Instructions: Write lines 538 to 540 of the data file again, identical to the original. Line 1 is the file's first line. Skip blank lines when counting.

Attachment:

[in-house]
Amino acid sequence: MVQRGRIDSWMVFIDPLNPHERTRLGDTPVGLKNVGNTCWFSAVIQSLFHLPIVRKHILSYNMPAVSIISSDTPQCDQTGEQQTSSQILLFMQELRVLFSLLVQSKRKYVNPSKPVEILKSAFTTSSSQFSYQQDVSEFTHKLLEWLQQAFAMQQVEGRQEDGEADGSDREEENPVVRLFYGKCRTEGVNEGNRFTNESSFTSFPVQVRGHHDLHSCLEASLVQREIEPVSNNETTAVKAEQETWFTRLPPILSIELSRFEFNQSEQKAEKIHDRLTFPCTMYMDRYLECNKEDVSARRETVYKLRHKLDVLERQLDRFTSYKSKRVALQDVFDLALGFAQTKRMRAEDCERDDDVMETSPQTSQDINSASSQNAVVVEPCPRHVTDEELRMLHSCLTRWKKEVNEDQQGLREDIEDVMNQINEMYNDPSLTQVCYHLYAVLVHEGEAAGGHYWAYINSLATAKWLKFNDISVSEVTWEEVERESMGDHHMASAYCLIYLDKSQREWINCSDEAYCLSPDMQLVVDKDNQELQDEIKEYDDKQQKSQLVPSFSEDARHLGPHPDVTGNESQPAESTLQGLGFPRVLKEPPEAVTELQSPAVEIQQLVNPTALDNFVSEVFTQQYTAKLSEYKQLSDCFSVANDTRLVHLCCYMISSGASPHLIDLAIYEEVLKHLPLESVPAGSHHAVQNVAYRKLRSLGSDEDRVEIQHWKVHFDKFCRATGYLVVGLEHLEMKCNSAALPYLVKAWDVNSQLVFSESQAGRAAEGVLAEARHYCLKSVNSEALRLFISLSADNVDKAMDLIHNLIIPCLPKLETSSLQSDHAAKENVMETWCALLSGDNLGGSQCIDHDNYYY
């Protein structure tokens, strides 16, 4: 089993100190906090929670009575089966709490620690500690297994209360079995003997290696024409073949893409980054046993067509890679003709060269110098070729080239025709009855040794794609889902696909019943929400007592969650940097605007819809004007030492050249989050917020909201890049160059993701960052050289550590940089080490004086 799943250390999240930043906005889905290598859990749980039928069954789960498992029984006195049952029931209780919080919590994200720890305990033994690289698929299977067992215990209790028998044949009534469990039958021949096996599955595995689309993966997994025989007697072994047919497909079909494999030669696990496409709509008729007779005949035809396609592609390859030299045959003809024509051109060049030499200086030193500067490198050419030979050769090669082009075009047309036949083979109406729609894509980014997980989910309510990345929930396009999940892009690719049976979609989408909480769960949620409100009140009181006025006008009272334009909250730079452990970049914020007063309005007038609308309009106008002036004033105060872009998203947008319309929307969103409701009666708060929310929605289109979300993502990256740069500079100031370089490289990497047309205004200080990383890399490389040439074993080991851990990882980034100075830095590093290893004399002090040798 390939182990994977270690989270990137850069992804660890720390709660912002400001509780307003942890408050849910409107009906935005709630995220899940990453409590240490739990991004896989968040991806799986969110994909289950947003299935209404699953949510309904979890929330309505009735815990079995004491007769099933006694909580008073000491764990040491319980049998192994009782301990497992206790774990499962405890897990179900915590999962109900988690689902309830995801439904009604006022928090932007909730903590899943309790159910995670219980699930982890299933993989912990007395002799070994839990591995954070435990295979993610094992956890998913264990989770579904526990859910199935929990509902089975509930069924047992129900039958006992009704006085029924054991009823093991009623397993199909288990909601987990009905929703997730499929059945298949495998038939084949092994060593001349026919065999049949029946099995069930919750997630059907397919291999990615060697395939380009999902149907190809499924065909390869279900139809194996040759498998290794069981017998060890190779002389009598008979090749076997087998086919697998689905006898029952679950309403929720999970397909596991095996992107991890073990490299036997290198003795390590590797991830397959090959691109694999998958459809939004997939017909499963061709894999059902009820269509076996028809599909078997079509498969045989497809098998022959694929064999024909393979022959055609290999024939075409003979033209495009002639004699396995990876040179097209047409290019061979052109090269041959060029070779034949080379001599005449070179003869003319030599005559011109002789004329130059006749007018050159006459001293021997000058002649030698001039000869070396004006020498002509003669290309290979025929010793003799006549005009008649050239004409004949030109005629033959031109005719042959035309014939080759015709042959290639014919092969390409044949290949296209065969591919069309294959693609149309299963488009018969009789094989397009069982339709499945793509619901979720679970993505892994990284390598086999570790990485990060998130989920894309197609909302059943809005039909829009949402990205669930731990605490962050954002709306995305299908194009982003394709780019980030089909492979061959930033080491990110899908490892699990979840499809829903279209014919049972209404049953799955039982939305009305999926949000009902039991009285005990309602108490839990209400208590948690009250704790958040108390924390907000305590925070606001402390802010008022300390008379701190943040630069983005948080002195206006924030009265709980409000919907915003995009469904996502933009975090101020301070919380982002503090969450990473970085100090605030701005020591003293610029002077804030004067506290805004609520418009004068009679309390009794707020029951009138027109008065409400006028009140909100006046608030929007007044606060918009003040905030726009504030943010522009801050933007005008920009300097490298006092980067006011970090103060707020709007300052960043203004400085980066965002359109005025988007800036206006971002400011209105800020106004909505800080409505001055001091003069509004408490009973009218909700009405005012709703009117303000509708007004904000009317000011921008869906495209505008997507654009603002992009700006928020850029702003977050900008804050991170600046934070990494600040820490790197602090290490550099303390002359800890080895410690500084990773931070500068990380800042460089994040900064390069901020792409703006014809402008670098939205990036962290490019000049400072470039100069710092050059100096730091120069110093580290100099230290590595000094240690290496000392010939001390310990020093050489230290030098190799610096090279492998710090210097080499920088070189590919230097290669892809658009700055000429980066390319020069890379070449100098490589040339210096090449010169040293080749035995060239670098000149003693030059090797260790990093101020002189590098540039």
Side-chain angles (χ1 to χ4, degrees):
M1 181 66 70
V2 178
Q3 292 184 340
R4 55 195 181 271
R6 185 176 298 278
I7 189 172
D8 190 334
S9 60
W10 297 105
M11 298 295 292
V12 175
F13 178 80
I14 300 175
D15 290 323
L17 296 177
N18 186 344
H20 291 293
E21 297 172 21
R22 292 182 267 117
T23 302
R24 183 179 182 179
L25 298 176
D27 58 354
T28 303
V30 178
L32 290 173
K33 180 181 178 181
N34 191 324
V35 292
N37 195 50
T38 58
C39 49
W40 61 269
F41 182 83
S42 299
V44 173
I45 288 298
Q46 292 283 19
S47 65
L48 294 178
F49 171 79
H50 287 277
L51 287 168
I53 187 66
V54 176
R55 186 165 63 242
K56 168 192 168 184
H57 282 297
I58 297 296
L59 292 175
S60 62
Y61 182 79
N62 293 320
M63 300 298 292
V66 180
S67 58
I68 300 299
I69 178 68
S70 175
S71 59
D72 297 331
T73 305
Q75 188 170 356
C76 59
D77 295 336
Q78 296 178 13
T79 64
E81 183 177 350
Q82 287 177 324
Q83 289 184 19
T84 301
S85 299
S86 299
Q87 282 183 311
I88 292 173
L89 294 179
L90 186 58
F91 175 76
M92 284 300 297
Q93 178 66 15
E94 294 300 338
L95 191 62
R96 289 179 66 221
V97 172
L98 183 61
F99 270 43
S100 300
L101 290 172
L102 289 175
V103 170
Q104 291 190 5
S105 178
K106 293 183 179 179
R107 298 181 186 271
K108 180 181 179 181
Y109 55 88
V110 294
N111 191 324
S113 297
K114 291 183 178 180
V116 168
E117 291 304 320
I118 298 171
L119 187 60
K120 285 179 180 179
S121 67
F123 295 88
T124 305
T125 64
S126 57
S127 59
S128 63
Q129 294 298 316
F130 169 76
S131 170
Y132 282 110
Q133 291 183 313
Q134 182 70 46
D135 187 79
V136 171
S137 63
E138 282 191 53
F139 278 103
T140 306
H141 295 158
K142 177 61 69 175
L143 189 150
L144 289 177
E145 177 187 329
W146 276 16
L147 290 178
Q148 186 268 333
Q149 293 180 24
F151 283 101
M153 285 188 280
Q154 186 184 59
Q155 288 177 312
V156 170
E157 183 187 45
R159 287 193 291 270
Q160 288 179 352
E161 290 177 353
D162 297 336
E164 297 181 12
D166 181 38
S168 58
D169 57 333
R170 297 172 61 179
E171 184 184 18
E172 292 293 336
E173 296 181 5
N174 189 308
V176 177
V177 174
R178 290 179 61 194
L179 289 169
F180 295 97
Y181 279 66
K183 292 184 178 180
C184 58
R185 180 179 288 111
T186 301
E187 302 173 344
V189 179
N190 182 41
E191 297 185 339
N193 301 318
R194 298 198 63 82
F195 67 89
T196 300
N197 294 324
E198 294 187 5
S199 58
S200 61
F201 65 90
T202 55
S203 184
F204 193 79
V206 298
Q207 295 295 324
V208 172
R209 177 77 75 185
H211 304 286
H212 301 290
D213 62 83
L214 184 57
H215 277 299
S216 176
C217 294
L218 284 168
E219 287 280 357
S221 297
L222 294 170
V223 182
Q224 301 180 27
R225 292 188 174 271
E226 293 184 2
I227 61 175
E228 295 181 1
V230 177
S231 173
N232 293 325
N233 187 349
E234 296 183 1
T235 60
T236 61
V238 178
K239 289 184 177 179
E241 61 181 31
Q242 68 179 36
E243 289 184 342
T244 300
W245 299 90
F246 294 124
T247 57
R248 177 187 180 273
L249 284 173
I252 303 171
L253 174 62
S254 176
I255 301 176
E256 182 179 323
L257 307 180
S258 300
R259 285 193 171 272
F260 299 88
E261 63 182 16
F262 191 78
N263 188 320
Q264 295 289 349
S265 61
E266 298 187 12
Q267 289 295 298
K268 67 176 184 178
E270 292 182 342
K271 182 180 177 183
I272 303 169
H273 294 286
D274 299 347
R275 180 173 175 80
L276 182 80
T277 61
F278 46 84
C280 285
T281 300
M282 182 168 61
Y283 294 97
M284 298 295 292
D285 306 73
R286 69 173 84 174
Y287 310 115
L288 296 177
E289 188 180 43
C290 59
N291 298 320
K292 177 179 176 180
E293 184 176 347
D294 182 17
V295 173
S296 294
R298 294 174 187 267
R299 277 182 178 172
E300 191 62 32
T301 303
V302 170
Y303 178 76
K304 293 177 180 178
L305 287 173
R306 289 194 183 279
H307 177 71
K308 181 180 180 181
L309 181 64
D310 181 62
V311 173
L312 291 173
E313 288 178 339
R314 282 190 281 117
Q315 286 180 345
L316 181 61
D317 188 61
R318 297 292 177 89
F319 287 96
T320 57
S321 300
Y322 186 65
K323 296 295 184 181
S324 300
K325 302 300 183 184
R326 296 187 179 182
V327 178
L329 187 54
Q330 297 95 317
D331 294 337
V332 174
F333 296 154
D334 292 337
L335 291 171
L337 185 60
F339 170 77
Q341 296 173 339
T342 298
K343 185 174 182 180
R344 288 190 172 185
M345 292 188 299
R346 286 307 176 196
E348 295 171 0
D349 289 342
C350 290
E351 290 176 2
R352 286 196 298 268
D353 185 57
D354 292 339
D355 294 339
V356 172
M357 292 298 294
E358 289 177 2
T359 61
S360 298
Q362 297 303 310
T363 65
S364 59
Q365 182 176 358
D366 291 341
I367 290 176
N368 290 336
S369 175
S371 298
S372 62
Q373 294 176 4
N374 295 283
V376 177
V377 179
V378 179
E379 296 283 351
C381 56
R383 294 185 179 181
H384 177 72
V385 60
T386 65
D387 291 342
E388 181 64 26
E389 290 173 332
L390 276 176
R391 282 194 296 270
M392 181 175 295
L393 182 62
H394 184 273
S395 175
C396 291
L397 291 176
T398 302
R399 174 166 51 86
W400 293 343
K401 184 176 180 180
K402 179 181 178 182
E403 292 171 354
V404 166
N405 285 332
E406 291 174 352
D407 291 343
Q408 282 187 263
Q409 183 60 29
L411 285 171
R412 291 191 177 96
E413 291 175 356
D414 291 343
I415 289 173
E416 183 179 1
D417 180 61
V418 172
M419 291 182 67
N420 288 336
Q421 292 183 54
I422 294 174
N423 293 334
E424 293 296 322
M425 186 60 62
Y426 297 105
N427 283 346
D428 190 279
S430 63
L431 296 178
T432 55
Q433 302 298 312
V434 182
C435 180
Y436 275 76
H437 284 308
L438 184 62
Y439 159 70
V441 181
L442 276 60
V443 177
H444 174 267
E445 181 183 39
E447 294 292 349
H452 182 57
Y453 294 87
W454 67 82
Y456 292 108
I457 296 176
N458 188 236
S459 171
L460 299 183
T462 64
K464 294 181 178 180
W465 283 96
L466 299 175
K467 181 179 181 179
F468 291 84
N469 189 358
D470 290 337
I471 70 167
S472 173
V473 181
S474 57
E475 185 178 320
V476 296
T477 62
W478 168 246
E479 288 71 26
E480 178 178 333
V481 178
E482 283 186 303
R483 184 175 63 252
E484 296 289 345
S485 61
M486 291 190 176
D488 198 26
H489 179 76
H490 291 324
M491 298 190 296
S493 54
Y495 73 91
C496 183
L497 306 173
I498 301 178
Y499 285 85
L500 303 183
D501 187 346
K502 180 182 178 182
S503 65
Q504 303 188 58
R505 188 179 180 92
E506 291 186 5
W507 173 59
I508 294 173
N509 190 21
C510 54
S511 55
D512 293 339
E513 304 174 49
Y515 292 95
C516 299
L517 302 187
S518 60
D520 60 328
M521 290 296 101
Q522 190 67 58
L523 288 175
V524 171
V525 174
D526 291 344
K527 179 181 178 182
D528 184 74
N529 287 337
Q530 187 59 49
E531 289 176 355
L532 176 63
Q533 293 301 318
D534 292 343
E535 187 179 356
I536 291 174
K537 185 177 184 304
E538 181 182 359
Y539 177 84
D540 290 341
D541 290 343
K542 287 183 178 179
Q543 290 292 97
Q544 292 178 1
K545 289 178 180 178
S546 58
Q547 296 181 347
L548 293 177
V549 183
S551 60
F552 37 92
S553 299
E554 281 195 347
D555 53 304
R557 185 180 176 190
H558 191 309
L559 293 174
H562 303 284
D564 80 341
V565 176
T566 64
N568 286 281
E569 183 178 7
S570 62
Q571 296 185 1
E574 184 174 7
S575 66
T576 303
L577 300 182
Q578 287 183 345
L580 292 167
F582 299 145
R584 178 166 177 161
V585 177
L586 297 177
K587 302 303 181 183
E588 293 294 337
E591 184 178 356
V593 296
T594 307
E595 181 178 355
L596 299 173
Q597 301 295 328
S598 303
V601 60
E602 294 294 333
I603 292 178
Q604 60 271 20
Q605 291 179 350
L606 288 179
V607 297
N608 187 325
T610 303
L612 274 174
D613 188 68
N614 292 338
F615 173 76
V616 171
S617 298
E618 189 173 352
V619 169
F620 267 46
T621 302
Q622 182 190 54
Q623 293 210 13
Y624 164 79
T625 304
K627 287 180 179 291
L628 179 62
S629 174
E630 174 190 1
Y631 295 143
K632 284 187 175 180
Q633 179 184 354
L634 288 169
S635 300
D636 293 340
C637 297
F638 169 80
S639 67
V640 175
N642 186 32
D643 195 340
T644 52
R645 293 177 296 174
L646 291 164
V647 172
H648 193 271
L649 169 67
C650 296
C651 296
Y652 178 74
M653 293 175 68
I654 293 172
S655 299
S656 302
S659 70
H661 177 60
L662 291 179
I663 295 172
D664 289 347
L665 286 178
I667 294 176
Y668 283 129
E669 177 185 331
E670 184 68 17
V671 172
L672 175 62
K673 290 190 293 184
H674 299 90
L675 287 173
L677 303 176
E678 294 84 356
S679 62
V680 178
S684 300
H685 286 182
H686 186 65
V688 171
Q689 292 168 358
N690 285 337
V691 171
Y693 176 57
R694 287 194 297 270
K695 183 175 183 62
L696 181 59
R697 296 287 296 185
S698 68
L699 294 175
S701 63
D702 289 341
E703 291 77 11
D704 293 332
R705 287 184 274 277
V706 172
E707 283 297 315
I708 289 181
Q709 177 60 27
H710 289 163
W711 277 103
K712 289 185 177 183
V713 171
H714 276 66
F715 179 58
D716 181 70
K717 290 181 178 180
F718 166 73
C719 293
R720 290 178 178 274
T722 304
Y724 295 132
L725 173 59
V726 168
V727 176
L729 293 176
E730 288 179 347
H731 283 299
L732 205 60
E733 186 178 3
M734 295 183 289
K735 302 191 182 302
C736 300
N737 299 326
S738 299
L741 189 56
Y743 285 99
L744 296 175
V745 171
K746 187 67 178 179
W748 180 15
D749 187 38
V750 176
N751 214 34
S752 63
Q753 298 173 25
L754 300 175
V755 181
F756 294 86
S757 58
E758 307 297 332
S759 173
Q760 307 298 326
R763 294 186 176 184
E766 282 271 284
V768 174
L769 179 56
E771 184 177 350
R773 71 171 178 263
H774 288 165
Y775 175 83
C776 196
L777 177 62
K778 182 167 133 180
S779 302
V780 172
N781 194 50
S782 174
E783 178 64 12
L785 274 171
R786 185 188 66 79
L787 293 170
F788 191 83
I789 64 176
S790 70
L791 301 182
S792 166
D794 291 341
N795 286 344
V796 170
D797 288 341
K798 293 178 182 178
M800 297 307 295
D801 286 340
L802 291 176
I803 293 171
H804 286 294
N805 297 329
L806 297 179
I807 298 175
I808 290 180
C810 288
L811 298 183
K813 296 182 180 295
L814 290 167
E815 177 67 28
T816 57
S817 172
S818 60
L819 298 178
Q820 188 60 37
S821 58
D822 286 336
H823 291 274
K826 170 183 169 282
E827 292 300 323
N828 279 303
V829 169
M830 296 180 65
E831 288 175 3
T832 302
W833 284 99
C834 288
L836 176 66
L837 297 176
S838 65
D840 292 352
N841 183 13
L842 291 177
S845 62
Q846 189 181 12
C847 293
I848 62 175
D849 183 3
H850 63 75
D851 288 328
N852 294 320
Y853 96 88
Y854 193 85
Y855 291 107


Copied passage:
F615 173 76
V616 171
S617 298